A B-Zero World

I have a confession to make. I love Planet Money. There is nothing that makes me feel smarter or more informed about the world on a daily basis.

On a recent Planet Money podcast, Ian Bremmer, author of "Every Nation for Itself: Winners and Losers in a G-Zero World" was interviewed (listen to the podcast here) and asked a very specific question --

In this new world order without a singular military, economic, or political leader --

Which countries are going to thrive and which are going to suffer?

This is an extremely complex question which Mr. Bremmer answers eloquently and coherently.

Don't worry, I won't tell you all his answers. But I did plot them so you can easily identify his picks if you're curious.

Listening to him speak, a couple of themes emerged.

The countries that are going to thrive in this "G-Zero" world are those which are first and foremost self-reliant, resource independent, and politically stable. This might be an oversimplification (Ok, I'm sure it is), but it happened anyway. Sorry I'm not sorry.

Every country talked about in the podcast  has internal resources, but I think the key to Bremmer's argument is around this idea of self reliance. What is interesting about this emphasis on self reliance, is that, until this interview, I thought the path to geo-political success was based on carefully calculated  exertions of influence and power (both military and economic).

In Bremmer's argument, Mexico's reliance on the United States is seen as a negative, and Myanmar's reliance on the Chinese is an argument against inevitable success.

On the other hand -- The Eurozone is cited as an example of being too self-reliant, unable to compete on the global stage without an economic jumpstart from China.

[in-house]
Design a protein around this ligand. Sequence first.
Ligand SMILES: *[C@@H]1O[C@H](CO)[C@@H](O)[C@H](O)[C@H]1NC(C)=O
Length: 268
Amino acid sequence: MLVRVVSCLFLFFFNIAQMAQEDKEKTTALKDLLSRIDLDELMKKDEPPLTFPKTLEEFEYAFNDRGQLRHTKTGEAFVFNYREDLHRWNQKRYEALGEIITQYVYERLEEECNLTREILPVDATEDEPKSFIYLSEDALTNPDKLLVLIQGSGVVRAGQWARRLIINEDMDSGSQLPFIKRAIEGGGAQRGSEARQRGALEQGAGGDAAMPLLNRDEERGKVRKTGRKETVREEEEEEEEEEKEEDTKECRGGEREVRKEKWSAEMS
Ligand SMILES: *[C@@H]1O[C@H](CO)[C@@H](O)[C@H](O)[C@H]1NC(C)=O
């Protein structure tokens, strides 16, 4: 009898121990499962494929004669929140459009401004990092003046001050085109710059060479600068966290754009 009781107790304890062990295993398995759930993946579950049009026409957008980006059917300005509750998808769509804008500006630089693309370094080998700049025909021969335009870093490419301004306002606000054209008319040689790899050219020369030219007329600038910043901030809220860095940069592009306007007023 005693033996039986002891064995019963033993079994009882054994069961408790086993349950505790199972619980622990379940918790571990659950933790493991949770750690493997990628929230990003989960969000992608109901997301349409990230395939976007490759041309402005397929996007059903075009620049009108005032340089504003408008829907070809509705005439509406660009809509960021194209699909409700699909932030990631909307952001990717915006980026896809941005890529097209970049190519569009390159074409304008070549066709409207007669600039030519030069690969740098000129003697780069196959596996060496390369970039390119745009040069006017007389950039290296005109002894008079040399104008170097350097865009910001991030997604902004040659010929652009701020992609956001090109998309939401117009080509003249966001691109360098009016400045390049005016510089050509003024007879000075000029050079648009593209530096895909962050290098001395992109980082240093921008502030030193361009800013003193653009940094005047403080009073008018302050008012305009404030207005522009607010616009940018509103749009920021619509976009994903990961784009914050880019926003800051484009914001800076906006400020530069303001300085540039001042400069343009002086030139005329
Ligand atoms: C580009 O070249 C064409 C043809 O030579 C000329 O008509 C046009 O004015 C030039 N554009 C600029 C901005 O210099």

To me (for what it's worth), the Eurozone represents an example of remaining overly optimistic when it comes to consistent economic growth, even in the face of severe debt.


I saw a lot of parallels between Bremmer's argument and Umar Haque's "New Capitalist Manifesto." Haque argues that to succeed in 21st century capitalism, brands need to move from creating "value chains to value cycles". Value chains represent ways to create the cheapest and most efficient means of production, by finding loop holes and shifting costs to both humans and the environment. Value cycles represent ways to create real or thick value by uncovering strategies to efficiently use resources to create sustainable experiences that are profitable long term by understanding the full cost of value creation.

This parallels the argument for the potential success of countries who are transparent and democratic with internal resources that are distributed effectively.

Brands which are customer driven and have created value cycles rather than short sighted value chains are positioned for success.

Both Haque and Bremmer's arguments rest on providing real value (for citizens or customers) and utilizing resources smartly and sustainably to create competitive advantage.


BMW, Walmart, and Lego are examples of companies that are focused on creating real value for customers and utilizing resources efficiently.

Walmart has a goal to be powered by 100% renewable energy.

Nike is on a path to climate neutrality.

BMW aims to create value not only for the company, but for the environment and society.

Lego has been tracking sustainability efforts since 2006, with the goal of running on 100% renewable energy.

Maybe understanding the value of brands and geopolitics isn't all that different. Maybe.

Daniel Prager